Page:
We want to use our inheritance to buy our dream home on Lake Huron — is $800,000 overpriced?

We want to use our inheritance to buy our dream home on Lake Huron — is $800,000 overpriced?

‘The Big Move’ is a new MarketWatch column seeking to answer questions about navigating the world of real estate.

Do you have a question about buying or selling a home? Do you know where your next move should be? Email Jacob Passy at jpassy@marketwatch.com.

My wife and I are buying a primary residence in the next few months. The house we want is $785,000 right now, right on Lake Huron. I think the house is $300,000 overpriced.

My wife and I have just acquired a couple million dollar
estate and about $900,000 in cash. I am also starting a home investment
business. The other thing is both of us have a credit score of less than 600.

The local Realtor is saying that the house’s value will go
to $1 million in five years. The house checks all of the boxes — the only thing
I am hesitant about is the price. What do you think?


Lake home living

Dear Lake Home,

I can hardly blame you for being so price-conscious in this
situation. After all, who wants to spend more than necessary for anything — let
alone a purchase as expensive as a house?

Without knowing the home you’re considering in particular —
or even where along Michigan’s Lake Huron coast the home is located — it’s hard
to give a specific recommendation as to whether or not the property you’re
considering is appropriately priced. However, there are some factors you should
consider when thinking about this home’s price and where to set your offer.

For starters, keep in mind that the home-buying market is very hot right now, including for homes in vacation markets. At the beginning of the pandemic, when far fewer people were traveling, some people, including the CEO of Redfin
suggested that the market for vacation homes was “toast.” As fate would have it, just about the opposite occurred.

With the adoption of remote working, many people have suddenly found themselves free to consider living far beyond where their company is headquartered. Particularly for people sick of being cooped up in major cities, this has led many Americans to seek out homes further afield, whether as getaway retreats or permanent residences, as in your case.

A recent report from Zillow

found that at the tail-end of this summer, page views for home listings in popular vacation destinations were up 50% compared with a year ago, while nationwide page views were only up 37% overall.

You don’t say how long the home you’re considering has been
on the market — but I have a hunch it’s been listed for a while, or else you
would have bought it already.

“If the home’s been on the market for a while, it is overpriced,” said Glenn Phillips, CEO and lead market analyst at Lake Homes Realty, a nationwide brokerage that specializes in lake homes. “Because everything that is priced appropriately is not only going quick, it often has competing offers and they’ll bid above list.”

‘Houses even in similar parts of the waterfront can vary wildly [in price] because of water depth.’

— Glenn Phillips, CEO and lead market analyst at Lake Homes Realty

In fact, the longer a home has been on the market, the more likely it is that it’s overpriced. Another factor to watch out for is whether or not the seller has cut their asking price. If so, they could be digging their own grave. When buyers, like you, see a home’s asking price has been trimmed, they’re that much more likely to wait on the sidelines for another price cut.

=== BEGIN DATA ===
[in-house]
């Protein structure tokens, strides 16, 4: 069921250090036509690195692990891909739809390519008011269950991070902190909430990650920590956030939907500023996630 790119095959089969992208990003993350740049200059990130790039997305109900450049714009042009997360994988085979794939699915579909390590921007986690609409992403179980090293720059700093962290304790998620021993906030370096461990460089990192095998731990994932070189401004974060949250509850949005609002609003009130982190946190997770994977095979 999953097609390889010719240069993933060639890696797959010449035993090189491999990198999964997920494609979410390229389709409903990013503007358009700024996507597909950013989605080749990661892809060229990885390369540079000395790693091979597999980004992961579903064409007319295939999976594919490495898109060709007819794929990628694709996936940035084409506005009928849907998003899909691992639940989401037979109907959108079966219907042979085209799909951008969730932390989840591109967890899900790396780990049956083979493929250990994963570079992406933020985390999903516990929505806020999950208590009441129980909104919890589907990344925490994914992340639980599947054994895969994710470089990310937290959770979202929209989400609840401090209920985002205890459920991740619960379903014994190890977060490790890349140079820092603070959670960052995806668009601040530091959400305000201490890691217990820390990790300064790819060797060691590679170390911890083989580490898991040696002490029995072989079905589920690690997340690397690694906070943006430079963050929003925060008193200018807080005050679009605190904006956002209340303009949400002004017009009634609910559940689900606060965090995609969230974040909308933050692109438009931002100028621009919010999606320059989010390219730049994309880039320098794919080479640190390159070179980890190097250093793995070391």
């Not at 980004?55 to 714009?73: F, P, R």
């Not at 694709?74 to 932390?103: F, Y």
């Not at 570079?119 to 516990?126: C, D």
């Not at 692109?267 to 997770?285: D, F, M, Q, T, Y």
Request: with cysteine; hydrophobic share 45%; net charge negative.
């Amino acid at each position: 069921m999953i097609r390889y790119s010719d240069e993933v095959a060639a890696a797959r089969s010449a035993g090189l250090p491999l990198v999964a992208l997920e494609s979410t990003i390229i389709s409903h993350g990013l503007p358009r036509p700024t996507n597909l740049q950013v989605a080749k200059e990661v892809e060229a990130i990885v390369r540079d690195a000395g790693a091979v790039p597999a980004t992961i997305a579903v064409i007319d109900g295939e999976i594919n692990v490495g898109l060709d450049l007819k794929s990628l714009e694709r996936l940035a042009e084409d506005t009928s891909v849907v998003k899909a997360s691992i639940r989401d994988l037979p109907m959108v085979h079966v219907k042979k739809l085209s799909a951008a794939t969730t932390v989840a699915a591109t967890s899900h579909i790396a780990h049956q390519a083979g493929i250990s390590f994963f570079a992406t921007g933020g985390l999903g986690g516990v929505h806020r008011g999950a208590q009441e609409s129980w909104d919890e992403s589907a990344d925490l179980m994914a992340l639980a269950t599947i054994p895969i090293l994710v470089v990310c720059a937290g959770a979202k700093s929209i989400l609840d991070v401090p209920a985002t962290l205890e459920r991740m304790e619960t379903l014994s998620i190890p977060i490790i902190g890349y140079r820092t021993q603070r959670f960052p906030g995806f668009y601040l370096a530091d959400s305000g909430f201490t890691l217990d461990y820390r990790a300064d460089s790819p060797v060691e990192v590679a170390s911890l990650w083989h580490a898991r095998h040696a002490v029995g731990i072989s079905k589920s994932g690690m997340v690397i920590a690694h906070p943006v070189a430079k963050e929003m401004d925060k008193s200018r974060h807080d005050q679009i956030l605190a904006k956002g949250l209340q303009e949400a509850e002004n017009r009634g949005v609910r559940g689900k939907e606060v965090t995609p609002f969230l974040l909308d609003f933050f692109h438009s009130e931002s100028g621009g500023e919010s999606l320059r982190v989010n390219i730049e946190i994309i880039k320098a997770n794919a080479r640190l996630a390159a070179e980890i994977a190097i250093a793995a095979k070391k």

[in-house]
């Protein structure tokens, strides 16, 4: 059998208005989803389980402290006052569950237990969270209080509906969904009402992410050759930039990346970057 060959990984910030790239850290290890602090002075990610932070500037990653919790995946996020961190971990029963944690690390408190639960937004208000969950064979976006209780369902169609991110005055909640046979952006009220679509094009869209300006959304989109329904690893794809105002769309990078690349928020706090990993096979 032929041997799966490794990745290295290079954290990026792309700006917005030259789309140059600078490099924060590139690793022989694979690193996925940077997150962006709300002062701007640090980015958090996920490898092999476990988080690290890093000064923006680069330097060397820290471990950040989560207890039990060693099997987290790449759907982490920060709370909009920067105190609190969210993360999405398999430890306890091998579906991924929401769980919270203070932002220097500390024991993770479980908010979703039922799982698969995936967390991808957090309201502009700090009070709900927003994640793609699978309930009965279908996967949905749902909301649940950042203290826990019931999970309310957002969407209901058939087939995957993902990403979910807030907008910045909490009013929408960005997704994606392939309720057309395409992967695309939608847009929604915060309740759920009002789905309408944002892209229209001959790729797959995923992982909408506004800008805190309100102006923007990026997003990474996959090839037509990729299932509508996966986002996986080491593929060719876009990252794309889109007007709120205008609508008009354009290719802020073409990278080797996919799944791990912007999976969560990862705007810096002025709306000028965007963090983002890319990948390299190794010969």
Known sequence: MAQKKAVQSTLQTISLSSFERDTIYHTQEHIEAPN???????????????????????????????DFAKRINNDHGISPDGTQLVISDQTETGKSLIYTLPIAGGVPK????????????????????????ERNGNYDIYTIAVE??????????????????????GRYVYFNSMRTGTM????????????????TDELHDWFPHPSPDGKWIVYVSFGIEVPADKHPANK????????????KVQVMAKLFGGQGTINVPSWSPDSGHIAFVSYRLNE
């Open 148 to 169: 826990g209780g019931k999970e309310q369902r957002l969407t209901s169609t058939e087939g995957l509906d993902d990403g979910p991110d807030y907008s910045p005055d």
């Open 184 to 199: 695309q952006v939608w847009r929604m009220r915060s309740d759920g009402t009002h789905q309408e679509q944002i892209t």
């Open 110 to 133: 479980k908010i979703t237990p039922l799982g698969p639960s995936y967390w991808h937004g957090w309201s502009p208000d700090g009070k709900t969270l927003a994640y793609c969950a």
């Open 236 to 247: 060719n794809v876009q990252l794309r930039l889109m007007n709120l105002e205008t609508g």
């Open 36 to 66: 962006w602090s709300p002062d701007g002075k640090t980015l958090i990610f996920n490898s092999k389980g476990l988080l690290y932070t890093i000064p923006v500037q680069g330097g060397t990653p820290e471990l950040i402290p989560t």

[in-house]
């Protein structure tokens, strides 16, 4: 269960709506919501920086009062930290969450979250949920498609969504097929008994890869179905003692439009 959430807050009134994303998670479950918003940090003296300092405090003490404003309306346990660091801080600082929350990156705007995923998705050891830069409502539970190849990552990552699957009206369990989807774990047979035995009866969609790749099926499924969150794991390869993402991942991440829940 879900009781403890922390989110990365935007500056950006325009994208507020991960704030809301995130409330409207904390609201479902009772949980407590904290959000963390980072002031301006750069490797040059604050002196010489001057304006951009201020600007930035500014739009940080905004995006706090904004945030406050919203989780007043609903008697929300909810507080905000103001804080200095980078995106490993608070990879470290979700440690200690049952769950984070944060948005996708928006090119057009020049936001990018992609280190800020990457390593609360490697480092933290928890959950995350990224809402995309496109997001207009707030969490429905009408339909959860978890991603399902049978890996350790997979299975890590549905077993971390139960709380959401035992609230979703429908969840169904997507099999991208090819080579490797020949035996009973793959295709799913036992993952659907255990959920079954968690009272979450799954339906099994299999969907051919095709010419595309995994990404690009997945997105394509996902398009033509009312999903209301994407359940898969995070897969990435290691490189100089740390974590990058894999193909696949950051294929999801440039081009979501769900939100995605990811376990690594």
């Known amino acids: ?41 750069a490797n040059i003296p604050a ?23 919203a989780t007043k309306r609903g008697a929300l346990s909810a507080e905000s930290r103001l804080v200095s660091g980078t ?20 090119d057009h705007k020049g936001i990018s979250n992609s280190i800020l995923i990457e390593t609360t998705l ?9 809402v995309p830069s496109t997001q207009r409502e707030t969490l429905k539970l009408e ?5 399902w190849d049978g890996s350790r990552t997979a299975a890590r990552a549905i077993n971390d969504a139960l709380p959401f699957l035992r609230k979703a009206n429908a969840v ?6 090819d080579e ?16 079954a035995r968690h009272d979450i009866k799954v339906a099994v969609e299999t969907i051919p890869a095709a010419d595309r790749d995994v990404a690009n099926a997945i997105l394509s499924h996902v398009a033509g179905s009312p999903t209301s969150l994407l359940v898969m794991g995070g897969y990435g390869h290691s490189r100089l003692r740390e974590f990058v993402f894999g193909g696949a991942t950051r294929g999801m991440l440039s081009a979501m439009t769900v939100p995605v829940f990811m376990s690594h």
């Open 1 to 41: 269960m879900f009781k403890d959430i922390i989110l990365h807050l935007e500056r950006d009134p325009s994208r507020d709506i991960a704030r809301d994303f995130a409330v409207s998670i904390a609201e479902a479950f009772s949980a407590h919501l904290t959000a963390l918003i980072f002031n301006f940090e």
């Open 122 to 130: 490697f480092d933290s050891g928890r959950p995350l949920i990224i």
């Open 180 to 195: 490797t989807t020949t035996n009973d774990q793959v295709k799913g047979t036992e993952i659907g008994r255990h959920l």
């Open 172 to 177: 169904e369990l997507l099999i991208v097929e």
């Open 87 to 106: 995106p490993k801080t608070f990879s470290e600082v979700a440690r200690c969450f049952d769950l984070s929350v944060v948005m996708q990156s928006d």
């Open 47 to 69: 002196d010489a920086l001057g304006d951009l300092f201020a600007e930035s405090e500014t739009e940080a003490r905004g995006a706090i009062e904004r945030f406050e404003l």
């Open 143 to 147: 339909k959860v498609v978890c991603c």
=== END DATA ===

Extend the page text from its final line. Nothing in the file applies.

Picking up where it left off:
I would caution you not to wait too long, though, if you’re really interested in the home. If the seller does end up adjusting the list price, you could see a boatload of other buyers pour in who were concerned about the price like you are.

And when coming up with the offer, I’d advise you to approach pulling comps carefully. You don’t say whether or not you already own a home, but if you do, I’m sure you’re familiar with this part of the process. It’s a standard practice to look at nearby homes that have sold recently to judge how much the home you’re considering is worth and to set your bid accordingly.

But comps can be “very deceptive” when it comes to lake homes, Phillips said. “The first-time lake home buyer often doesn’t understand the other price-influencing factors,” he said. “Houses even in similar parts of the waterfront can vary wildly because of water depth.”

This home might have deeper waters than your potential neighbors’, which would make it easier to dock a boat off your property. That alone could explain some of the difference in value between the two properties, even if they are otherwise alike.

Beyond water depth, you need to consider whether or not the home has a beach, if it has a view of the sunset or how weather patterns might affect it. Plus, with lake homes, a great deal of the price is reflective of the value of the land itself and not the structure built on it.

Because of the importance location has in this market, you will find buyers who are more focused on getting the lot they want than a home that meets all their specifications. And those buyers would consider bulldozing a property and building it back from scratch if it means being able to enjoy their lakefront lifestyle to the fullest.

And although you didn’t ask, I’d also like to encourage you to consider whether you can afford making an all-cash offer on this home. All-cash offers are much more common with lake homes, Phillips said, and if the seller receives multiple bids they may be more inclined to go with someone who doesn’t need to rely on financing coming through. Plus, given you and your wife’s credit scores, you may have trouble qualifying for a mortgage because lenders have tightened lending standards during the pandemic.

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